Thank you for signing the petition "Allow Chickens in OKC." Your participation helped us show City Council that there truly is an interest in legalizing chickens in OKC. Here is an update on this continuing struggle:
In November of '09, City Council conducted a study of OKC's Peer Cities to see which ones allow chickens. Among those 8 Peer Cities (Austin, El Paso, Ft. Worth, Kansas City, Nashville, St. Louis, Tulsa, and Wichita), only one (Kansas City) doesn't allow chickens on less than one acre. All the others do!
City Council's next step in considering whether to legalize chickens was to figure out a way to get public input in the matter. At first, public meetings were proposed. This sounded like a great way for people on both sides of the issue to work out a compromise. However, for reasons which have not been made clear, the idea of public meetings was scrapped.
About two weeks ago, City Council and the Neighborhood Alliance posted an on-line survey in order to gauge public opinion on the legalization of chickens.
As your next step in helping to legalize chickens, PLEASE FILL OUT THIS SURVEY!! It is on the Neighborhood Alliance's web site, NACOK.org. Please fill it out right away, since it ends Wednesday, and send it to your friends!
In order to send you this email, I am shutting down the petition site (hopefully it will no longer be needed soon anyhow!). For privacy purposes, I do not have access to your email address. If you wish to have further updates on this issue, you may email me at firstname.lastname@example.org and I will be happy to keep you informed.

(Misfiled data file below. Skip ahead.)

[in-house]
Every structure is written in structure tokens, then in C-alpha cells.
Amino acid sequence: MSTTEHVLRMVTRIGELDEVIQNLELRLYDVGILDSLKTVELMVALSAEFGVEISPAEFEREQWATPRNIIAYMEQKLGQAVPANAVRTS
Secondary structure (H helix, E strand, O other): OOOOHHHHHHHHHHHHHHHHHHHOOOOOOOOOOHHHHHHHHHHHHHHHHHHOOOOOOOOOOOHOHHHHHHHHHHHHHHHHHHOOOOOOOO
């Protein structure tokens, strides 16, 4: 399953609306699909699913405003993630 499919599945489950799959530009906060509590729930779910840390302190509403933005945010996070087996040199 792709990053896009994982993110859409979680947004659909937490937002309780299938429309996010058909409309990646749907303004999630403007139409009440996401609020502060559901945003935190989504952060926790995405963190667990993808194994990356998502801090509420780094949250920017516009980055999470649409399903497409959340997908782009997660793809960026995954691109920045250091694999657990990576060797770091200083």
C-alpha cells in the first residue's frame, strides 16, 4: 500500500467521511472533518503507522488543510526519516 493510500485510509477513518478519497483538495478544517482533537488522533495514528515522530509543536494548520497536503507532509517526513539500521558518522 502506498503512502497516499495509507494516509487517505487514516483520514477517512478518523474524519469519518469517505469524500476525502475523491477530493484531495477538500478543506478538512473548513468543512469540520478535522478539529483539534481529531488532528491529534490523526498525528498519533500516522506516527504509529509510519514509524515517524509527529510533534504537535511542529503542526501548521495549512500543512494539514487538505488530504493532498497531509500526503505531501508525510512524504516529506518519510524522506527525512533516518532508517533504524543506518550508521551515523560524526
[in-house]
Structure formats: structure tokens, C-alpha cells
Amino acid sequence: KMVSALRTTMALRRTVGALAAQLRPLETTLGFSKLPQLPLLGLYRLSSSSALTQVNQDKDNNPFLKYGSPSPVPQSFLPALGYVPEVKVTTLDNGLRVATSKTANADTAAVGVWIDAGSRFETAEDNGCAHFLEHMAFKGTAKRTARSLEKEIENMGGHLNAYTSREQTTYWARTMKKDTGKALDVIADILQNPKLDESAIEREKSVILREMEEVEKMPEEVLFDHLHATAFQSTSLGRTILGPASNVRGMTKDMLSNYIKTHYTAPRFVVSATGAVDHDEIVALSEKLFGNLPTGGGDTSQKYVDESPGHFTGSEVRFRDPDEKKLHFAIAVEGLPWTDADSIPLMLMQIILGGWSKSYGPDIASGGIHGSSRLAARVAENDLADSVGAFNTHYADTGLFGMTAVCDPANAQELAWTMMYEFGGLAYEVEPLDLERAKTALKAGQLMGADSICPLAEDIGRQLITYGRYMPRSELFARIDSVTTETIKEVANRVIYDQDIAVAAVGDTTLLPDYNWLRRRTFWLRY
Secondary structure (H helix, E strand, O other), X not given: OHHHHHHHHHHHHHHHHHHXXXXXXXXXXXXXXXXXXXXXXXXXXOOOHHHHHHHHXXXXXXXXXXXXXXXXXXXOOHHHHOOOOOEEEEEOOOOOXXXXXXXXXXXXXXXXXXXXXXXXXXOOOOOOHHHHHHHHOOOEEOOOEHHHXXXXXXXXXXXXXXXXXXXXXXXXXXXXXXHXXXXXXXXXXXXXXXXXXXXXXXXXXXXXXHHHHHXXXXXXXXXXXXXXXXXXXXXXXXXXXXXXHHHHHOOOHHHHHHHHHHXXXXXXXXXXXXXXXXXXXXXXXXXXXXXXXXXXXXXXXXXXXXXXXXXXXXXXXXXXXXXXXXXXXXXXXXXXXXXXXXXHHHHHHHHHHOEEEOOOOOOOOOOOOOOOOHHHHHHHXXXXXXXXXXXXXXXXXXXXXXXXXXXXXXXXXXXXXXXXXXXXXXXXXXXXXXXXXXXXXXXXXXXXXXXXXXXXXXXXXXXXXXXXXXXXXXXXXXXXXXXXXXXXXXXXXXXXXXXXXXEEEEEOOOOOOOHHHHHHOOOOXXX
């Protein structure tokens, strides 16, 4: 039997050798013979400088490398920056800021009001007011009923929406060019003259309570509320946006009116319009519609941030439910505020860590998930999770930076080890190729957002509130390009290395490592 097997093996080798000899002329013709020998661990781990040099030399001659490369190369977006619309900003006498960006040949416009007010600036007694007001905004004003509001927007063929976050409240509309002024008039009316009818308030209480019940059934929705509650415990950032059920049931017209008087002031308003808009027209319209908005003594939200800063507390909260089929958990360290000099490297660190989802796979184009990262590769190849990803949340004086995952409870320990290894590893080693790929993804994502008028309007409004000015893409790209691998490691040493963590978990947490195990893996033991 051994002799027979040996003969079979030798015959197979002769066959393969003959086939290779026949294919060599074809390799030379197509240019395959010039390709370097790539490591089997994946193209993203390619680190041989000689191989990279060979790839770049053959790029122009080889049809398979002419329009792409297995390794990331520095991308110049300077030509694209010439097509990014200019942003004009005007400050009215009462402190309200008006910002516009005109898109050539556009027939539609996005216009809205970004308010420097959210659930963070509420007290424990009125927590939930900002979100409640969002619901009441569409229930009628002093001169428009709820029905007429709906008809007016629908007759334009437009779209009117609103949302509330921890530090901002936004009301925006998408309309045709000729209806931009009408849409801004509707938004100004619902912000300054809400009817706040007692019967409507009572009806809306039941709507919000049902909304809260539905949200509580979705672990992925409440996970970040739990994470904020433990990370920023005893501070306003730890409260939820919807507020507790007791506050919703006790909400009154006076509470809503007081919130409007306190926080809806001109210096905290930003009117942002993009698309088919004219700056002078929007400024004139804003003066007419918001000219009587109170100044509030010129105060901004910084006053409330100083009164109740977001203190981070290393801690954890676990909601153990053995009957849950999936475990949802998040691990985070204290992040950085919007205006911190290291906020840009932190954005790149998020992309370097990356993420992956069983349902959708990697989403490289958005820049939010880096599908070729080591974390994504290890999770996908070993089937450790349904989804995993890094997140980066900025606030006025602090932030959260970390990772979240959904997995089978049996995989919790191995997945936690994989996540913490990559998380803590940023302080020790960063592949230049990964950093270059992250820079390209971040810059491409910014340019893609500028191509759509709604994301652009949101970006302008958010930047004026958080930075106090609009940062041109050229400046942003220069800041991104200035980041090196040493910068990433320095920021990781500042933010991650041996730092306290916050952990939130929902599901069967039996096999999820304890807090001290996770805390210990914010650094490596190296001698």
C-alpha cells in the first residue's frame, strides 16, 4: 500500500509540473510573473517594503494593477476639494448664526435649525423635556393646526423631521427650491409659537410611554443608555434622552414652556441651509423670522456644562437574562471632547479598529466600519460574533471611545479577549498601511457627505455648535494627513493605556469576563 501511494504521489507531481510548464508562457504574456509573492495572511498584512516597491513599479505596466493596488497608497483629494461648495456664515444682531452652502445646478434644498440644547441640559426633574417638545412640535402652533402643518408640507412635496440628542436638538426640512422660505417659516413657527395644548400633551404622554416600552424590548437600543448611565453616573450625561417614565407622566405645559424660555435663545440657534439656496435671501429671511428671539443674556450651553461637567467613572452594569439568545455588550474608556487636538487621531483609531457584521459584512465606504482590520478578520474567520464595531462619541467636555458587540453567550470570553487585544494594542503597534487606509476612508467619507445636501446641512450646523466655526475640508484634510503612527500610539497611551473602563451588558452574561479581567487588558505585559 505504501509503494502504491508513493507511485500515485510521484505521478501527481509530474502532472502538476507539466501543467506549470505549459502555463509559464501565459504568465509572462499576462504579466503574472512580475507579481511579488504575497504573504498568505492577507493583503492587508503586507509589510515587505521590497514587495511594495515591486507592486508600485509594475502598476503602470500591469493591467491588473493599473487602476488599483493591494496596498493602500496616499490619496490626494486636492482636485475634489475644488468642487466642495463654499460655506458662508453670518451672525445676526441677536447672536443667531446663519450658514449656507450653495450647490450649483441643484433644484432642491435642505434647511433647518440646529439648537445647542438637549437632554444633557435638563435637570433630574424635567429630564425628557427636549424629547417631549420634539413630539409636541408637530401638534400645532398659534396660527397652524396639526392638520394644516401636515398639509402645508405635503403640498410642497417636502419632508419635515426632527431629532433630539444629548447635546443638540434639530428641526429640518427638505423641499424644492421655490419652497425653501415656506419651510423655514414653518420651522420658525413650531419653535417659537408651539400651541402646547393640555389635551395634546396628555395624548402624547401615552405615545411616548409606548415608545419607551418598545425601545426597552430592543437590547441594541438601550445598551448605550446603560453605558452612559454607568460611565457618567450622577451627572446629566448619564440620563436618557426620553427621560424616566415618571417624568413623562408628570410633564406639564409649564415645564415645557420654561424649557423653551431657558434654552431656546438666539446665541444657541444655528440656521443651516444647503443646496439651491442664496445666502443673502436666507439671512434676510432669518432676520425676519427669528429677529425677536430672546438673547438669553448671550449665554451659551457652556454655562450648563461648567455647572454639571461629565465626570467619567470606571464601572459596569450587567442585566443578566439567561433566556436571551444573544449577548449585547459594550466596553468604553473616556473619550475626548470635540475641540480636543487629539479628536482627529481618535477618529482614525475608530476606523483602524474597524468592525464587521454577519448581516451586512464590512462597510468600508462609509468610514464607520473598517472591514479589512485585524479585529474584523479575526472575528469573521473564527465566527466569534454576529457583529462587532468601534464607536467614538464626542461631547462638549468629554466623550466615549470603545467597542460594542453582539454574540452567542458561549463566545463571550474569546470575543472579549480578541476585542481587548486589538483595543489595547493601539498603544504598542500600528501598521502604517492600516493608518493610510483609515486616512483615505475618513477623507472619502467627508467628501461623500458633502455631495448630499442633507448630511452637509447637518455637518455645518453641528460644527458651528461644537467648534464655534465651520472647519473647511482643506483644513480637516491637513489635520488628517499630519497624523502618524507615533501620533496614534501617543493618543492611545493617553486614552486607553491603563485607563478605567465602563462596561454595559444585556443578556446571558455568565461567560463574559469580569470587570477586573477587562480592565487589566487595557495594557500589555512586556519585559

Thank you again for your help. If enough people fill out this survey saying "Yes, we want chickens!" it will be a powerful tool to sway City Council.
we've got signatures,
help us get to 1,000
by July 2, 2010
We are requesting that our City Council add a zoning ordinance that would allow the people of Oklahoma City to keep up to eight chickens.
This addition to the Municipal Code would provide many benefits to Oklahoma City. Chickens' eggs provide a good, inexpensive source of protein. Chickens eat garden pests, and their waste is an excellent fertilizer. A family allowed to keep chickens can have a heightened awareness of where their food comes from, cut down their grocery bills, reduce the amount of fossils fuels burned to bring their food from distant farms, and increase their self-sufficiency. A city that allows its residents to keep chickens demonstrates a sensible and progressive attitude while encouraging sustainability.
In today's difficult economic times, many cities around the country are changing their city ordinances to allow residents to keep chickens. Several states neighboring Oklahoma have cities which allow residents to keep chickens. For example, in Texas, the cities of Dallas, Fort Worth, Houston, San Antonio, Laredo, and Round Rock all allow chickens. The cities of Topeka, Kansas, And Denver, Colorado, also permit their residents to keep chickens. Looking a bit further away, even the residents of New York City are allowed to keep chickens, as are the residents of Boston, Chicago, Indianapolis, Las Vegas, and Los Angeles.
There are several misconceptions regarding the keeping of chickens. For instance, many people think backyard chickens would be noisy. In fact, chickens are quieter than dogs or even songbirds; roosters, however, are noisy. This proposed zoning addition prohibits the keeping of roosters. Another common misconception is that chickens are smelly or dirty. This proposed zoning addition limits the number of chickens to eight and requires that they be provided with a minimum amount of space (2 to 4 square feet per chicken, depending on size of bird) in a clean and dry hen house, and that they be provided with a fenced outdoor enclosure. When cared for in this way, chickens do not smell bad. By limiting the number of chickens and describing the space in which they can be kept, this proposed zoning addition ensures the happiness of the chickens, their owners, and their neighbors.
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